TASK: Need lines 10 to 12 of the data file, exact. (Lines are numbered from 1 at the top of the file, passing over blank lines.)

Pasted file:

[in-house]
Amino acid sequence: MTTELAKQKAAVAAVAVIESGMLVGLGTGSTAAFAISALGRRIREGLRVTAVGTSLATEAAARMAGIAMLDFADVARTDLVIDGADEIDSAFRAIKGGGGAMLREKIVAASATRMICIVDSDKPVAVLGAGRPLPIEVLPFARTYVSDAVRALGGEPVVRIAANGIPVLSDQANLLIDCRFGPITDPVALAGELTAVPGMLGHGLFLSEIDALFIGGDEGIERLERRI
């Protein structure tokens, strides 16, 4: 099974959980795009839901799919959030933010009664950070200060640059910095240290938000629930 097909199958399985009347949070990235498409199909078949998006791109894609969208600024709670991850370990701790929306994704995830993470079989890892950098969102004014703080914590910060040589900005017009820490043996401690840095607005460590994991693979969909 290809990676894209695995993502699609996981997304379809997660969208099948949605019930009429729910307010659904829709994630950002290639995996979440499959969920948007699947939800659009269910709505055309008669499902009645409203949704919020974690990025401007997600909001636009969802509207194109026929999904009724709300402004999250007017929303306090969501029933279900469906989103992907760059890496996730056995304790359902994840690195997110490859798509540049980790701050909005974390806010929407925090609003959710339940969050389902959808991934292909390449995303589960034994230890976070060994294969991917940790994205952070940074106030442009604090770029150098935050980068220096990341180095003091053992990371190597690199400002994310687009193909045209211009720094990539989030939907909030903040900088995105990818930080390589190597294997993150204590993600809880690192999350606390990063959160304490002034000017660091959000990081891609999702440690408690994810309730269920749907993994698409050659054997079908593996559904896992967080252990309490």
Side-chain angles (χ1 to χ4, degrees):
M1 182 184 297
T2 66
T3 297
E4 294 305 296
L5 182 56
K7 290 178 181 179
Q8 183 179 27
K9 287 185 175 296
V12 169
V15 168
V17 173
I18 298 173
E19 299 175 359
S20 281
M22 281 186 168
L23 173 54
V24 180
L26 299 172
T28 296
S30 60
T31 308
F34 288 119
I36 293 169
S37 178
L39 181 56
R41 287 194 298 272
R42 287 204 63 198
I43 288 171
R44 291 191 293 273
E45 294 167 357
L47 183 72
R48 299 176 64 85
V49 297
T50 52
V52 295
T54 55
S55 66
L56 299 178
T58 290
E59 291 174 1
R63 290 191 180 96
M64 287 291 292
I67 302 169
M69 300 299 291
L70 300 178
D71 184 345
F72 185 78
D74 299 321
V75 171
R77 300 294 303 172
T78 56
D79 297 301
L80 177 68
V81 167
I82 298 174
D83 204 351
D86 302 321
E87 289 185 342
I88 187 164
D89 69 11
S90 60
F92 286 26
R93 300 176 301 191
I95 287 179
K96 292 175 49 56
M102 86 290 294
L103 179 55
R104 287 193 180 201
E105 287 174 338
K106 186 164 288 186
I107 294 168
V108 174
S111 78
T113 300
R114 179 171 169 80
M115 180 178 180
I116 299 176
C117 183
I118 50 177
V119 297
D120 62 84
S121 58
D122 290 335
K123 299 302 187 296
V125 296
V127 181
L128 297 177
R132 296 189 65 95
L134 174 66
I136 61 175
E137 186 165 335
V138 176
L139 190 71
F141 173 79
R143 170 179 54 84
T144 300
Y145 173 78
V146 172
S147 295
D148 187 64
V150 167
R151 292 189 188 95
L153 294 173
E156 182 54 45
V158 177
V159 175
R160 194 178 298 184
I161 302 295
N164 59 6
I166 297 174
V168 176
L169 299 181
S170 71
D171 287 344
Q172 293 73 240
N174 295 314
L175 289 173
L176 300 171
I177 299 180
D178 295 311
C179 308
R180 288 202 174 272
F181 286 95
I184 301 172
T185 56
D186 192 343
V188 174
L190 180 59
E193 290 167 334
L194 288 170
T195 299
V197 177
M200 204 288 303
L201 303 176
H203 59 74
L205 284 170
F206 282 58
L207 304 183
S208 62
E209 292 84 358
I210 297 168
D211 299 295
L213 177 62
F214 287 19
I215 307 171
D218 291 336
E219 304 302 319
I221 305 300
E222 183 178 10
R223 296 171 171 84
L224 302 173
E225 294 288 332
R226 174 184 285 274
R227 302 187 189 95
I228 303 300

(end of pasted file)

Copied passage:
K7 290 178 181 179
Q8 183 179 27
K9 287 185 175 296